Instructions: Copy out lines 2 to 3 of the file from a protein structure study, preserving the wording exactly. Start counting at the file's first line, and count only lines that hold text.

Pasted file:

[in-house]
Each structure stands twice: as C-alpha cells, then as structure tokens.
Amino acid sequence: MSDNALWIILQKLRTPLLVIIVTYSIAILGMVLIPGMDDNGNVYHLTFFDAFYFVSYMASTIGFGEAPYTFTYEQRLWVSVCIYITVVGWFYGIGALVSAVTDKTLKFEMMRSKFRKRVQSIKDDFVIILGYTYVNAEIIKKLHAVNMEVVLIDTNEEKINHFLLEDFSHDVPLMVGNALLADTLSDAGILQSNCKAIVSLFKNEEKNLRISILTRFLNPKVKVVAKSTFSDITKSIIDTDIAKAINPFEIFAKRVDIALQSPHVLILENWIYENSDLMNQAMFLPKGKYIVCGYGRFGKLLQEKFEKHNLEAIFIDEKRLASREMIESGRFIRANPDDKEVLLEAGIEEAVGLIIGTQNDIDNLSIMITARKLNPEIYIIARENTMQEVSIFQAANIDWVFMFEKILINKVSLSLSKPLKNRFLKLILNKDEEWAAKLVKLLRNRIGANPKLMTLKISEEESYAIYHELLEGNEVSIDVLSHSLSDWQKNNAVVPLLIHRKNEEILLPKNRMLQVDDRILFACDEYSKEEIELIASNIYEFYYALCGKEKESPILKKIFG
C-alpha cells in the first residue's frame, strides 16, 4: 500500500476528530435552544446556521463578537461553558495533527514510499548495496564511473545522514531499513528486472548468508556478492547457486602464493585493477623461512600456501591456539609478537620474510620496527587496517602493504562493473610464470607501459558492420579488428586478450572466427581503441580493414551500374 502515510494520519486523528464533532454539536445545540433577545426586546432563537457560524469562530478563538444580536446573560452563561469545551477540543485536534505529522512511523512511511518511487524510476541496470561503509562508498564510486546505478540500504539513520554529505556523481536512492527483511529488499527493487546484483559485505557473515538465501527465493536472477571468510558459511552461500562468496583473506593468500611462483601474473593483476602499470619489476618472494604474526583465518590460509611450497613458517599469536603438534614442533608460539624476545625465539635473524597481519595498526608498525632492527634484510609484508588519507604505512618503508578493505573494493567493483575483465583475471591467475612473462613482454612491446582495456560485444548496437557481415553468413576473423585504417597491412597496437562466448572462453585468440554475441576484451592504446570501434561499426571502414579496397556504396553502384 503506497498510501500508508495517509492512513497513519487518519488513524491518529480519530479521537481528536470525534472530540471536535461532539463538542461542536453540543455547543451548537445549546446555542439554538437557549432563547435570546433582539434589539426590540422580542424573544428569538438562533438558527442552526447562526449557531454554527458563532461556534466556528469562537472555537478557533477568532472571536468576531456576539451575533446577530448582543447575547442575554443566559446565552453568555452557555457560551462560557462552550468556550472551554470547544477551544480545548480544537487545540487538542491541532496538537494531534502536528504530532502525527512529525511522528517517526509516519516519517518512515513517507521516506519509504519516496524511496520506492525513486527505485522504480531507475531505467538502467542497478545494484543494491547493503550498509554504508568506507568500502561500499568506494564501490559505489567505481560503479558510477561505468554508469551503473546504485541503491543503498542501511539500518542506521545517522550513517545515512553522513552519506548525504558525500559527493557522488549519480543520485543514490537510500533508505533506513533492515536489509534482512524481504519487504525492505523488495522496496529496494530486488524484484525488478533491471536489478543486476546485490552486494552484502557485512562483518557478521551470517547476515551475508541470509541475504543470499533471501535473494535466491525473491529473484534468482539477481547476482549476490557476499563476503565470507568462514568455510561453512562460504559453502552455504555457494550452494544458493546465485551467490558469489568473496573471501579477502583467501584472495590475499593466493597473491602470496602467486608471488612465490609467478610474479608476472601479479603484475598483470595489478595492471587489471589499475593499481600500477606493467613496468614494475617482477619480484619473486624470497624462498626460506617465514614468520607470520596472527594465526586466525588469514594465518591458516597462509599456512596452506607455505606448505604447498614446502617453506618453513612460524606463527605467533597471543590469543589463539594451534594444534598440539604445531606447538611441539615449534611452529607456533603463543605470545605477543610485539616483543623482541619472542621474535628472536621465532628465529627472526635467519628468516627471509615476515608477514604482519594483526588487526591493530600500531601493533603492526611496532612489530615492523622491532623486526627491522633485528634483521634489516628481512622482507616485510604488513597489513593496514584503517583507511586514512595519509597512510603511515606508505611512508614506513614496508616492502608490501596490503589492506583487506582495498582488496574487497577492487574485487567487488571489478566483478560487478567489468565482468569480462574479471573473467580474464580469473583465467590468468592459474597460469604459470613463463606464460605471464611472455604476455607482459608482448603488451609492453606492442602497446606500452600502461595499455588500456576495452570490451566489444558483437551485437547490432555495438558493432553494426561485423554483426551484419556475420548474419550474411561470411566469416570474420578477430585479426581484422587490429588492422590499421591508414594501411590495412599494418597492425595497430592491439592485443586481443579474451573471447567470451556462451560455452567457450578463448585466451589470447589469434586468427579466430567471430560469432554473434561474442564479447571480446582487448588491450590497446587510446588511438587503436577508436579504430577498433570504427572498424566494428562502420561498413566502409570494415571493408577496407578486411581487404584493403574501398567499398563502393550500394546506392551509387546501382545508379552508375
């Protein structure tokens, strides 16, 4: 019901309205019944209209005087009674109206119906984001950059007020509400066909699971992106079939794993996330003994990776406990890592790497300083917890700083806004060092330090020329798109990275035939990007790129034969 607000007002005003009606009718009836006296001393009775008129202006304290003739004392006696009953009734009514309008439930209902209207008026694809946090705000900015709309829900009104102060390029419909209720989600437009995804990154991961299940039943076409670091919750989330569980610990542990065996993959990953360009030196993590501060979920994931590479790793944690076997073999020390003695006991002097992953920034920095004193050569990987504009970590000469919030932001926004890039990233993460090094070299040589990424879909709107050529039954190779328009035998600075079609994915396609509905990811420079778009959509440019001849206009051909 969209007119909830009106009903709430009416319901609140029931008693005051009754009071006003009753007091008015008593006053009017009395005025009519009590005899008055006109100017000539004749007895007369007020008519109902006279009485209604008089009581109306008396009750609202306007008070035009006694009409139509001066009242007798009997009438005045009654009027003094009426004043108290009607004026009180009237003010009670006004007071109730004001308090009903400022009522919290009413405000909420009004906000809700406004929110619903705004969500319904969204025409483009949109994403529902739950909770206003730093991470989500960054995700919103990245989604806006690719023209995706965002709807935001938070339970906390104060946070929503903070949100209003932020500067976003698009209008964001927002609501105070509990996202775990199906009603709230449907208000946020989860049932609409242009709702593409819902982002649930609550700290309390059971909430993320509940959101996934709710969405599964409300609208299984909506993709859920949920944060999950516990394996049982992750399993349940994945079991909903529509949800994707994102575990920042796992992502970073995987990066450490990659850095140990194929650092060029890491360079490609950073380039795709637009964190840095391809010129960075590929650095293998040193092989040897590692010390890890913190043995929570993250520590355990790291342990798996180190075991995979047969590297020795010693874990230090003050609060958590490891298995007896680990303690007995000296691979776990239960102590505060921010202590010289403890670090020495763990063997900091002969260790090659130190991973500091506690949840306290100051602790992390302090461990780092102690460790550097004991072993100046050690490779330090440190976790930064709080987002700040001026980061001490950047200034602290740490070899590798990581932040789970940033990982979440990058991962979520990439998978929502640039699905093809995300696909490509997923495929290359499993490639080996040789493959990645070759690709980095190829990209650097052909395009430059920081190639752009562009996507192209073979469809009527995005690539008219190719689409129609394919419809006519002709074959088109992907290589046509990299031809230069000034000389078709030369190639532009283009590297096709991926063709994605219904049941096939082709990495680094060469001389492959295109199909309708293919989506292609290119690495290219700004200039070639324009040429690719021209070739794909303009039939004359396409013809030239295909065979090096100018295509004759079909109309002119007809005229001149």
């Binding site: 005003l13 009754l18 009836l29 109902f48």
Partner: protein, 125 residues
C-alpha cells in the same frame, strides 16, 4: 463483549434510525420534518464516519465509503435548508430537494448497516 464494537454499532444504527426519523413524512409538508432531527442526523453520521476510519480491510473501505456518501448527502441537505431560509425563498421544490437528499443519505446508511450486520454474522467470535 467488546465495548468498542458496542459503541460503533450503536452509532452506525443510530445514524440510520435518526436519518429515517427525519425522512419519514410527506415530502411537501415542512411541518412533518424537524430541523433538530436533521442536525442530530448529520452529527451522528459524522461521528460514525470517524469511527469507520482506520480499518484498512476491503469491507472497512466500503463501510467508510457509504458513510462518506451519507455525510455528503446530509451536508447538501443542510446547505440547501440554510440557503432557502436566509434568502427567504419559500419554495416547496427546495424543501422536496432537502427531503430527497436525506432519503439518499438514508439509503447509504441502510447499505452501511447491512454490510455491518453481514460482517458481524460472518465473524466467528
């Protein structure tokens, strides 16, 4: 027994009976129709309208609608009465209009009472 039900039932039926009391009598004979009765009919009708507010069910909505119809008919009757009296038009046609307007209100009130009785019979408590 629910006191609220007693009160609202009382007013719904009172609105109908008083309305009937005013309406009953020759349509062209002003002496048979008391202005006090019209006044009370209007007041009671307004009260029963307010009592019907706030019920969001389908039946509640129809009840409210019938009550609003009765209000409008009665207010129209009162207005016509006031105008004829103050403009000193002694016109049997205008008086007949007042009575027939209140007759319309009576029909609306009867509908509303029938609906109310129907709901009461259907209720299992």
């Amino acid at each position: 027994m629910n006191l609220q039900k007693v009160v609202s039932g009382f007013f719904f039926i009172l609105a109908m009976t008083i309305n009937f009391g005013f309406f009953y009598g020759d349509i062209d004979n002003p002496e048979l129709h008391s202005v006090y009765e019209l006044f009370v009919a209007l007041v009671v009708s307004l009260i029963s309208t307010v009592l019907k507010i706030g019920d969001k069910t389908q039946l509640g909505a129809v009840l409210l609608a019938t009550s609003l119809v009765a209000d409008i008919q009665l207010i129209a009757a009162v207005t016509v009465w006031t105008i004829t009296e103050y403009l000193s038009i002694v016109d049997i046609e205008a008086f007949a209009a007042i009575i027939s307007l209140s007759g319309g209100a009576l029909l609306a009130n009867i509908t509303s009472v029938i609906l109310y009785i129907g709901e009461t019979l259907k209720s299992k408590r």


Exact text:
Each structure stands twice: as C-alpha cells, then as structure tokens.
Amino acid sequence: MSDNALWIILQKLRTPLLVIIVTYSIAILGMVLIPGMDDNGNVYHLTFFDAFYFVSYMASTIGFGEAPYTFTYEQRLWVSVCIYITVVGWFYGIGALVSAVTDKTLKFEMMRSKFRKRVQSIKDDFVIILGYTYVNAEIIKKLHAVNMEVVLIDTNEEKINHFLLEDFSHDVPLMVGNALLADTLSDAGILQSNCKAIVSLFKNEEKNLRISILTRFLNPKVKVVAKSTFSDITKSIIDTDIAKAINPFEIFAKRVDIALQSPHVLILENWIYENSDLMNQAMFLPKGKYIVCGYGRFGKLLQEKFEKHNLEAIFIDEKRLASREMIESGRFIRANPDDKEVLLEAGIEEAVGLIIGTQNDIDNLSIMITARKLNPEIYIIARENTMQEVSIFQAANIDWVFMFEKILINKVSLSLSKPLKNRFLKLILNKDEEWAAKLVKLLRNRIGANPKLMTLKISEEESYAIYHELLEGNEVSIDVLSHSLSDWQKNNAVVPLLIHRKNEEILLPKNRMLQVDDRILFACDEYSKEEIELIASNIYEFYYALCGKEKESPILKKIFG